Executive Communication Expert Dianna Booher
You’ve probably attended dozens, if not hundreds, of conferences during your career and then listened to the feedback about the conference speakers in the hallway. “He was great.” “She was pretty good.” “Boring. Half the audience walked out.”
Yet, beyond the generalities of “heard it before” or “very entertaining,” those offering the critiques may have been hard pressed to tell you specifically what made the difference in their reactions.
About once a month, I attend a lecture by a highly credentialed scholar. Let’s call him Dr. Max Irving. Technically speaking, he’s always prepared—always on time, always has pages of notes (though he rarely has to refer to them), always has a handout, always has a pleasant attitude, always tosses in a little humor.
He started out with approximately 35 in the group. As of last week, the audience has dwindled to 7.
I’m now comparing that experience to another series last year in which a speaker (Dr. Del Tackett) was brought to the group by video (not live as Dr. Max Irving is now). Although speaking by VIDEO, Dr. Tackett mesmerized the crowd for a full 60 minutes. You could have heard the proverbial pin drop—except for the laughter at his humor here and there. Attendance for his series held steady for the entire 12-week series.
What made the difference between these two well-educated, well-prepared speakers before a crowd who wanted to hear what they had to say? Here’s my take on the difference between good and great speakers.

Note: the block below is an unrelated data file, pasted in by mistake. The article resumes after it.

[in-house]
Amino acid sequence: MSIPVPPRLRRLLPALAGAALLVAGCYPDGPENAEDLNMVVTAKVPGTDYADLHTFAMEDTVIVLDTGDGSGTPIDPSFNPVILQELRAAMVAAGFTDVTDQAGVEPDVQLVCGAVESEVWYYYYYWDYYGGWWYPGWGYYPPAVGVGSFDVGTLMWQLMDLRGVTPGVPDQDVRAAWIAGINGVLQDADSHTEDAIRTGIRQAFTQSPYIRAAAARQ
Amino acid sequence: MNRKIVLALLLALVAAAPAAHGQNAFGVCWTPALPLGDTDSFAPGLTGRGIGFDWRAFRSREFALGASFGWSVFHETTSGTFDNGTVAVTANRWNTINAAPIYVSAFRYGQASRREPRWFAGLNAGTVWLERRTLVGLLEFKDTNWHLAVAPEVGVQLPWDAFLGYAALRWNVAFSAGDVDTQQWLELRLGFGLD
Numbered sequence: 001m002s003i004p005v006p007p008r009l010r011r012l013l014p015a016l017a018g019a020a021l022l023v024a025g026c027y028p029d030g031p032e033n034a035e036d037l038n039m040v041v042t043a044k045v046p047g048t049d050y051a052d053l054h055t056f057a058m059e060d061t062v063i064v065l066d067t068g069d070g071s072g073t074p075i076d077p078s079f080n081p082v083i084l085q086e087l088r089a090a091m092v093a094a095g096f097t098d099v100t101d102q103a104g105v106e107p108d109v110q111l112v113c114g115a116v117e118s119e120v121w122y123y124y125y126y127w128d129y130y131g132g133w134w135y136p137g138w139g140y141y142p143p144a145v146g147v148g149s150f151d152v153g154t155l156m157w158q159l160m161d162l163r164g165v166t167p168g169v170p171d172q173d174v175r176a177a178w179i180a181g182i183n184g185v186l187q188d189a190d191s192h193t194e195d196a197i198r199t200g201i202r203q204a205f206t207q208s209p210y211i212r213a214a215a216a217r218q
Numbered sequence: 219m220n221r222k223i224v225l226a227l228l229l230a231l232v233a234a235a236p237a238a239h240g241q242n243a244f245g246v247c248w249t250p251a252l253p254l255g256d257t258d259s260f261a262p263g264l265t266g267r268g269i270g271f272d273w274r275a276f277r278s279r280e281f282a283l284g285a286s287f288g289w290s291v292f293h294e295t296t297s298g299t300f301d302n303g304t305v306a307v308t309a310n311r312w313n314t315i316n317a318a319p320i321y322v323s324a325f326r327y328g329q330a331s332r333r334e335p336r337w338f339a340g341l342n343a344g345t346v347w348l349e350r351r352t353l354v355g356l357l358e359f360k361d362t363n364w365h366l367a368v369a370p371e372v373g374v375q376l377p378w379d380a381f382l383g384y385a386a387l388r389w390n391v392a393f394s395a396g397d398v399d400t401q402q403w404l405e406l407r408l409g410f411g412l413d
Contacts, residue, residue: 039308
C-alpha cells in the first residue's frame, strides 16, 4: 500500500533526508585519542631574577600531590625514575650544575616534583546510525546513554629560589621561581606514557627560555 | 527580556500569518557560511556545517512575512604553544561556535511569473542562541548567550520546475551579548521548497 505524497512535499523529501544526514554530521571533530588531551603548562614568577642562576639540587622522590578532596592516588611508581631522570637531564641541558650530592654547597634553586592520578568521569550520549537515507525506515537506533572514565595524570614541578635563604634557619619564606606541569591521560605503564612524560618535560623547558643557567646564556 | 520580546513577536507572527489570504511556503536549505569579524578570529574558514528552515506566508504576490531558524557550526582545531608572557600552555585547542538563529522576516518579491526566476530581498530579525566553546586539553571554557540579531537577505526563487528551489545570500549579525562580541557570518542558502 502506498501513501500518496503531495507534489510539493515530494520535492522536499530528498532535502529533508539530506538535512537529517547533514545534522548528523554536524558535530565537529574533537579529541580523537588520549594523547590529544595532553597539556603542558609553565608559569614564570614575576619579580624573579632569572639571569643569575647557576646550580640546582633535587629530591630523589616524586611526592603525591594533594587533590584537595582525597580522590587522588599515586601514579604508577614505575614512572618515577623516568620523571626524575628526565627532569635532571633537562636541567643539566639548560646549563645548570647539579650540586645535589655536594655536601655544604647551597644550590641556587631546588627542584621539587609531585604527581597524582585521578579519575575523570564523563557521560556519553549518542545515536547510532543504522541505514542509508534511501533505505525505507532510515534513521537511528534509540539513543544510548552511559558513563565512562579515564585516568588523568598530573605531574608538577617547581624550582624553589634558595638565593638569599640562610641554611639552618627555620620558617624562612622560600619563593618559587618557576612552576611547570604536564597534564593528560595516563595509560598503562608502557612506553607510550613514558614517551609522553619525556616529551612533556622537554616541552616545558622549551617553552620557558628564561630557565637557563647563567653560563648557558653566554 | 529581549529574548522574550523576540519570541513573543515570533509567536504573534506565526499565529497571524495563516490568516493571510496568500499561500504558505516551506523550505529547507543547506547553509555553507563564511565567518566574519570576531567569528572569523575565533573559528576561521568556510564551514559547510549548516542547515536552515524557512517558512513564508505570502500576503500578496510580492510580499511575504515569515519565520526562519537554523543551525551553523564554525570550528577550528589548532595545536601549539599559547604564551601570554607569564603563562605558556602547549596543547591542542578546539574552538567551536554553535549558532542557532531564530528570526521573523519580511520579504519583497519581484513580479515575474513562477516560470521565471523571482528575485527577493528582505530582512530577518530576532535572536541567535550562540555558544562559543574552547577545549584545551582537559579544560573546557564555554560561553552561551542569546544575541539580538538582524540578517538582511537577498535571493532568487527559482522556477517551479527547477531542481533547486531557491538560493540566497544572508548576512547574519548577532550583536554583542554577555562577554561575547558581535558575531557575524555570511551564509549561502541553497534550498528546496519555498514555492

Good speakers create and organize their talk, building a slideshow to support their key message.
Great speakers analyze their audience and then create and organize their talk to make it relevant; then they decide if and when they’ll add slides to support key points.
Good speakers never “wing it.” They have an outline, with a prepared opening and closing. They’ve reviewed their outline, notes, and/or slides several times so they are thoroughly familiar with the material.
Great speakers have actually done one or more walk-throughs of their presentation. They understand that “knowing the information and what comes next” is only half the job.
Good speakers feed off energy and feedback from the audience.
Great speakers generate their own energy and passion from their interest in the topic, audience, and outcome.
4. Body Language:
Good speakers have good posture, use appropriate gestures, make good eye contact, and move with intention.
Great speakers become their own visual support. Their delivery flows so much in sync with their message and personality that it’s difficult to separate them. Their body language becomes unnoticeable as they mesmerize and engage the audience.
5. Vocal Qualities:
Good speakers choose clear words, articulate well, and vary their pace, volume, and intensity.
Great speakers do the same—but they add rhythm and milk the silences for both subtle and strong messages. Listen to some of your favorite comedians for lessons on pausing.
6. Audience Involvement:
Good speakers talk to an audience.
Great speakers talk with an audience.
7. Response to Questions:
Good speakers answer questions clearly and concisely—whether giving a fact, an example, or an opinion.
Great speakers answer the right questions—by reframing if necessary to make their point. They make sure their response is memorable by providing appropriate structure, colorful phrasing, and apt examples.
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